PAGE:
In reality there are many factors that go into building great looking, high performing financial advisor websites, but by starting with these 5 you’ll have an advantage (assuming you do something after asking the questions) over your competition. I’d also recommend reading Storyselling for Financial Advisers and Millionaire’s Advisor, they are great books that will help you connect with clients and run your practice more efficiently. If you need help or have questions, you can get them answered with a quick message here:
UPDATE: For the rest of March, we’re offering our social media makeover for 50% off!
Social media is one of the first places prospective clients are going to “meet” you and your company. What will their first impression be? Make sure your Facebook, Twitter, Google+, LinkedIn, and YouTube accounts (yes you should have an account on each) are sending the right message, by letting the Workshed team create a custom profile and background image for each.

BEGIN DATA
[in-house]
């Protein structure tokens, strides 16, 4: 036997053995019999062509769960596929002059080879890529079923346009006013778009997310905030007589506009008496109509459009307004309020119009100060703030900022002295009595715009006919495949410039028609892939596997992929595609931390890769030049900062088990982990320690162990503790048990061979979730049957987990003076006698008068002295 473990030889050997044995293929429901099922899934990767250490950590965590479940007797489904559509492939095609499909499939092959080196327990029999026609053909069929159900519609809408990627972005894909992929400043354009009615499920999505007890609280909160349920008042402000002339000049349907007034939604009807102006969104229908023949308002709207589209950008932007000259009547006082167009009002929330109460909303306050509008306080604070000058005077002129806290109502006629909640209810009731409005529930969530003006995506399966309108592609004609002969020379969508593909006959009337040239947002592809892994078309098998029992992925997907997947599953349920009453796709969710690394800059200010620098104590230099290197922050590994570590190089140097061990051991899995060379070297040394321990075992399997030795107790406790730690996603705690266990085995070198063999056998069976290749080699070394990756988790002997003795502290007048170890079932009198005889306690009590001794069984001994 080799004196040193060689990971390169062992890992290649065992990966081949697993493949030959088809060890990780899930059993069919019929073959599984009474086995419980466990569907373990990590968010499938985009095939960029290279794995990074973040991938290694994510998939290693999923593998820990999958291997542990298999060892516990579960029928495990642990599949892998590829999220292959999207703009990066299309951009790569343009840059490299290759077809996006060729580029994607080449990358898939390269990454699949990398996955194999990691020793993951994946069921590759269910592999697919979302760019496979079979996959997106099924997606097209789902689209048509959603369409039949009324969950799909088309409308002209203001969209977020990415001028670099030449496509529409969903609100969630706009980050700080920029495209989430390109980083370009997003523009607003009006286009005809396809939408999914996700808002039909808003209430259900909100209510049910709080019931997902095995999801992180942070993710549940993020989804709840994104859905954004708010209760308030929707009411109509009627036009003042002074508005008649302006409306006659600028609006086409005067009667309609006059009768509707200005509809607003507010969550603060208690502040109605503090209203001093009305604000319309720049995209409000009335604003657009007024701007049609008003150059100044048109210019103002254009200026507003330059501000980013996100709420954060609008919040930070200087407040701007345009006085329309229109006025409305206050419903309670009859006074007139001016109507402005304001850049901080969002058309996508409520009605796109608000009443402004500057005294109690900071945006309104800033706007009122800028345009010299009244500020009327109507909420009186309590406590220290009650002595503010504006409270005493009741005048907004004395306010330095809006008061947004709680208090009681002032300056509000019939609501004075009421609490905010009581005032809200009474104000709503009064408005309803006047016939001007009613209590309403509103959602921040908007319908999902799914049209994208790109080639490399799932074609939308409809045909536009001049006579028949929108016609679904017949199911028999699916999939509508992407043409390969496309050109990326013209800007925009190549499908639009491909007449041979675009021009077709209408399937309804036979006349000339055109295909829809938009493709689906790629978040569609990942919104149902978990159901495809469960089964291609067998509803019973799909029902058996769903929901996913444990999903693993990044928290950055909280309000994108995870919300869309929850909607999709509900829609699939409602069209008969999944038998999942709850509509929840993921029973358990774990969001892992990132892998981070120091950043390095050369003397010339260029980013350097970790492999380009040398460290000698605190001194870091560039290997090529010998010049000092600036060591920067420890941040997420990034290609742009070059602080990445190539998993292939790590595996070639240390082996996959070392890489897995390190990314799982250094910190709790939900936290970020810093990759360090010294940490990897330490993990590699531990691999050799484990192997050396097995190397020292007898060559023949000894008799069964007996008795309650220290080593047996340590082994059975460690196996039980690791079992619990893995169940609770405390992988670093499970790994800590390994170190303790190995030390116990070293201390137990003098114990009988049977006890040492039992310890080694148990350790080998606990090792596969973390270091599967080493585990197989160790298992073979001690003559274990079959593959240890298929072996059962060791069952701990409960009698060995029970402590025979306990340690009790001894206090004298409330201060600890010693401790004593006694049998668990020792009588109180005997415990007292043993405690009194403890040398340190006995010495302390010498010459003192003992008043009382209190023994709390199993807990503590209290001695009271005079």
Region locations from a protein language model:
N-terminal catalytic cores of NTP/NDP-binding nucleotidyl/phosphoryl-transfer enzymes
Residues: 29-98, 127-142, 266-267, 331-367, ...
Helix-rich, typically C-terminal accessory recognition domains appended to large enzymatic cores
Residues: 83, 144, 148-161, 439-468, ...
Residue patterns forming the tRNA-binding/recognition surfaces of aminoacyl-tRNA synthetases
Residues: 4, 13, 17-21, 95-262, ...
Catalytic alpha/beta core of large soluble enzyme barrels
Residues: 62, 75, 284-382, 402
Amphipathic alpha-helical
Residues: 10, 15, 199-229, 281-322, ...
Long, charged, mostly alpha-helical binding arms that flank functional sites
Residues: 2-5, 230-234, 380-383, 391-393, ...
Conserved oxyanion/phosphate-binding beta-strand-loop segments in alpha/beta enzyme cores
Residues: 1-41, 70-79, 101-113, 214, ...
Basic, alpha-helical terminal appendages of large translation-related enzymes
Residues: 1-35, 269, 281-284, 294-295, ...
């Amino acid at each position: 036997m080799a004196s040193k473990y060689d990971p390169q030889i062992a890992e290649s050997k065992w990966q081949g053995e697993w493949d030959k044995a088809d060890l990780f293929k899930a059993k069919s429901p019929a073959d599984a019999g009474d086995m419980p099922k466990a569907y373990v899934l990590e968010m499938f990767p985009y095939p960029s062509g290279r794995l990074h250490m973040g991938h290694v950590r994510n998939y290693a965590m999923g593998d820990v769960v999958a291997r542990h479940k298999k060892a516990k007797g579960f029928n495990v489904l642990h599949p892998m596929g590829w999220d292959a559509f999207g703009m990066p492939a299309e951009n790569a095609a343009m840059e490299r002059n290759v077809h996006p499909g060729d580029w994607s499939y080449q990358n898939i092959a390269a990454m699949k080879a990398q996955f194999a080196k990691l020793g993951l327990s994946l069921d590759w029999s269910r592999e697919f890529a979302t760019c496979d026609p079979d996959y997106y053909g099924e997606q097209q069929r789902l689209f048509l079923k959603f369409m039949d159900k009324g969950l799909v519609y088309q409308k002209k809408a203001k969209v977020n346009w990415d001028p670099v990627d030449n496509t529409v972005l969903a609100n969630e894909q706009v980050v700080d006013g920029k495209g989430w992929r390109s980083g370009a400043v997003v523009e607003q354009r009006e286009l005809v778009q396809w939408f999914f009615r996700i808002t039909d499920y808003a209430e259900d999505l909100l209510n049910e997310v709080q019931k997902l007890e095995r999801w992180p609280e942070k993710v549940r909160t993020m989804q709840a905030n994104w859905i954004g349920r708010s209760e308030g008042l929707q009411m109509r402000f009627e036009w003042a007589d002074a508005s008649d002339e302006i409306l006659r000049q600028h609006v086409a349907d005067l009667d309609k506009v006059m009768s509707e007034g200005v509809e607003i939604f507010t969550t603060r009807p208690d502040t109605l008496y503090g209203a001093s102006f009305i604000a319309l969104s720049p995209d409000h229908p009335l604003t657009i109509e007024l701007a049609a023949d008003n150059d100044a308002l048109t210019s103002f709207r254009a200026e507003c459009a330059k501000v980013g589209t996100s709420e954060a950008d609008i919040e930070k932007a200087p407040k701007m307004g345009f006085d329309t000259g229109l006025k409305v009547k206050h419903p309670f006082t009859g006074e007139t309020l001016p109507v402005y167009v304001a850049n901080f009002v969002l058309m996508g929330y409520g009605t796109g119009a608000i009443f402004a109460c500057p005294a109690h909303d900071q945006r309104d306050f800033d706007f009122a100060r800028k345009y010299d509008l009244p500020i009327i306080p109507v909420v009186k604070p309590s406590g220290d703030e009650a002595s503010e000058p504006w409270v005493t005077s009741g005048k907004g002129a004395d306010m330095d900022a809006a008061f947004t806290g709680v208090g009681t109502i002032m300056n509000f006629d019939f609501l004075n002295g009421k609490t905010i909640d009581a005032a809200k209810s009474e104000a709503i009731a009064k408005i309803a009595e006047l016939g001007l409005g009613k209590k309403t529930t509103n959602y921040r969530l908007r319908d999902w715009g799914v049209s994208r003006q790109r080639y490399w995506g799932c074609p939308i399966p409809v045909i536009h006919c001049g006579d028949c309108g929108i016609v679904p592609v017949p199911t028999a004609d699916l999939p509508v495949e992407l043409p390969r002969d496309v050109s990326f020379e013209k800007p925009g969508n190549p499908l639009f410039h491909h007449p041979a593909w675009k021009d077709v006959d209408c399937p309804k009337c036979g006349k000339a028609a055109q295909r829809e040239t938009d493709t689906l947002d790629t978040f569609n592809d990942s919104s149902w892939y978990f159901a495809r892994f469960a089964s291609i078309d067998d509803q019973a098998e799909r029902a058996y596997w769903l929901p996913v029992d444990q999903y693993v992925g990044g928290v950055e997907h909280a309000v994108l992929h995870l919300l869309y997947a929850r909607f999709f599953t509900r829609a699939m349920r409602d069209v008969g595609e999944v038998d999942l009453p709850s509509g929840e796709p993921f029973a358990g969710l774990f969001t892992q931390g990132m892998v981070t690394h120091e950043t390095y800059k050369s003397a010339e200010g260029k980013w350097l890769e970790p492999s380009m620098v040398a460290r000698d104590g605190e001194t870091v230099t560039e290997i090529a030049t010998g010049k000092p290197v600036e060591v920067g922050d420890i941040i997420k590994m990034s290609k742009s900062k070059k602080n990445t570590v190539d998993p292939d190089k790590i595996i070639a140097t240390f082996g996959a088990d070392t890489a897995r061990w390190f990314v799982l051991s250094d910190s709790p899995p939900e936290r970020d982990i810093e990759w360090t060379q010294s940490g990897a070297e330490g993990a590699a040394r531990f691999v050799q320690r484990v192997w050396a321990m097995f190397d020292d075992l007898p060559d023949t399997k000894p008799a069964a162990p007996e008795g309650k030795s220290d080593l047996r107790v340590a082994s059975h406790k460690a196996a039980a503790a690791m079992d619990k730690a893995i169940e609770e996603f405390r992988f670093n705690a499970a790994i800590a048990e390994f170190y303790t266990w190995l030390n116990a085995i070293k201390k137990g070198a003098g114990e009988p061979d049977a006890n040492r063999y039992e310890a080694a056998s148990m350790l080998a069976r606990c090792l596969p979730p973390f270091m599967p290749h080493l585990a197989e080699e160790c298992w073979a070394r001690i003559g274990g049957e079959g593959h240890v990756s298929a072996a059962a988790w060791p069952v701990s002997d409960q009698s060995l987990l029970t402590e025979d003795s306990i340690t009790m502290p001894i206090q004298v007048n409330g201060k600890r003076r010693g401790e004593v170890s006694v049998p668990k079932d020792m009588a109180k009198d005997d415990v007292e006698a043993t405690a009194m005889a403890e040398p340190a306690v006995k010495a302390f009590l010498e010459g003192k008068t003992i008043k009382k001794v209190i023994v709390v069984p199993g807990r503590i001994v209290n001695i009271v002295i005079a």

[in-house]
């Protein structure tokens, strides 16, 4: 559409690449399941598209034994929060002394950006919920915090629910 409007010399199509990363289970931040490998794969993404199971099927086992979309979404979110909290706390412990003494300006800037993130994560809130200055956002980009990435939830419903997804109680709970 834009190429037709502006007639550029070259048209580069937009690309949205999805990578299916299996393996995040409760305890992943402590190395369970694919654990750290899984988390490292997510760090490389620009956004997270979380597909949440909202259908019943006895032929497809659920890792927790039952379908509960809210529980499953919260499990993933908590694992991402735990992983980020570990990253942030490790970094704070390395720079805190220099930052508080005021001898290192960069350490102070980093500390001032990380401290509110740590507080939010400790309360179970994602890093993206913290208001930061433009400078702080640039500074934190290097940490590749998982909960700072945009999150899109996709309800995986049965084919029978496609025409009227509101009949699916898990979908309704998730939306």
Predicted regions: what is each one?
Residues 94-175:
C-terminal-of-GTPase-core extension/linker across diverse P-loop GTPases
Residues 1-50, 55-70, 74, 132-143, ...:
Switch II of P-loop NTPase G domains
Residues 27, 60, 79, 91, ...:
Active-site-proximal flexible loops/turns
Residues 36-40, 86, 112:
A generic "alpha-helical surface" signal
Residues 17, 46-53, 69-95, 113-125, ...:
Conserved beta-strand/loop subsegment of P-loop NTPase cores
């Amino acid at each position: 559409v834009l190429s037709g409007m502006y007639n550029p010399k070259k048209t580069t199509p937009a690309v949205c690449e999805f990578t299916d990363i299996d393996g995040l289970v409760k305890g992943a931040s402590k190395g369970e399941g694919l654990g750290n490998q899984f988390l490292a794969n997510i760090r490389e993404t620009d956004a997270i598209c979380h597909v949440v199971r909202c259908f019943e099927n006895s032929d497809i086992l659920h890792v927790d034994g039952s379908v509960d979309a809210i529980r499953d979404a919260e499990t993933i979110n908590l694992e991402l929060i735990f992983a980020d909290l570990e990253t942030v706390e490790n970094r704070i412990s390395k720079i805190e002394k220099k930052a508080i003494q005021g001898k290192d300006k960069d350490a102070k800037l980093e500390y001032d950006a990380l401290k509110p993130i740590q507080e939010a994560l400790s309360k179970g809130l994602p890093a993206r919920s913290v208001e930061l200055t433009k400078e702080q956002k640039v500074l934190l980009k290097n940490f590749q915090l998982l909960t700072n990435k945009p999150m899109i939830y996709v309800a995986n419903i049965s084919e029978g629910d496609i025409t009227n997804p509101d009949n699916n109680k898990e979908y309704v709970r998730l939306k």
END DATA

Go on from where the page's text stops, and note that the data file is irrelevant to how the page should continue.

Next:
What’s it cost?
Typically we charge $500-$600 for this service, but through the end of March we’re “slashing our prices” (imagine the guy with the crazy radio voice) and offering it for $300. For those within the range of our photographer, that’s an epic deal, for the rest of you…you’ll have to settle for a great deal!
What about the free giveaway?
To enter the “Great Social Media Makeover Giveaway” is easy. Just tell us in the comments below how you currently use social media (if at all) to market your business and share this post to the social network of your choice.
Share the social media makeover
[clear]If you are selected we’ll contact you with the rest of the details.
For the forward thinking types who want to proceed with the social media makeover anyway (because it’s such a great deal, and you know how important it is) we’ll refund your payment if you are selected.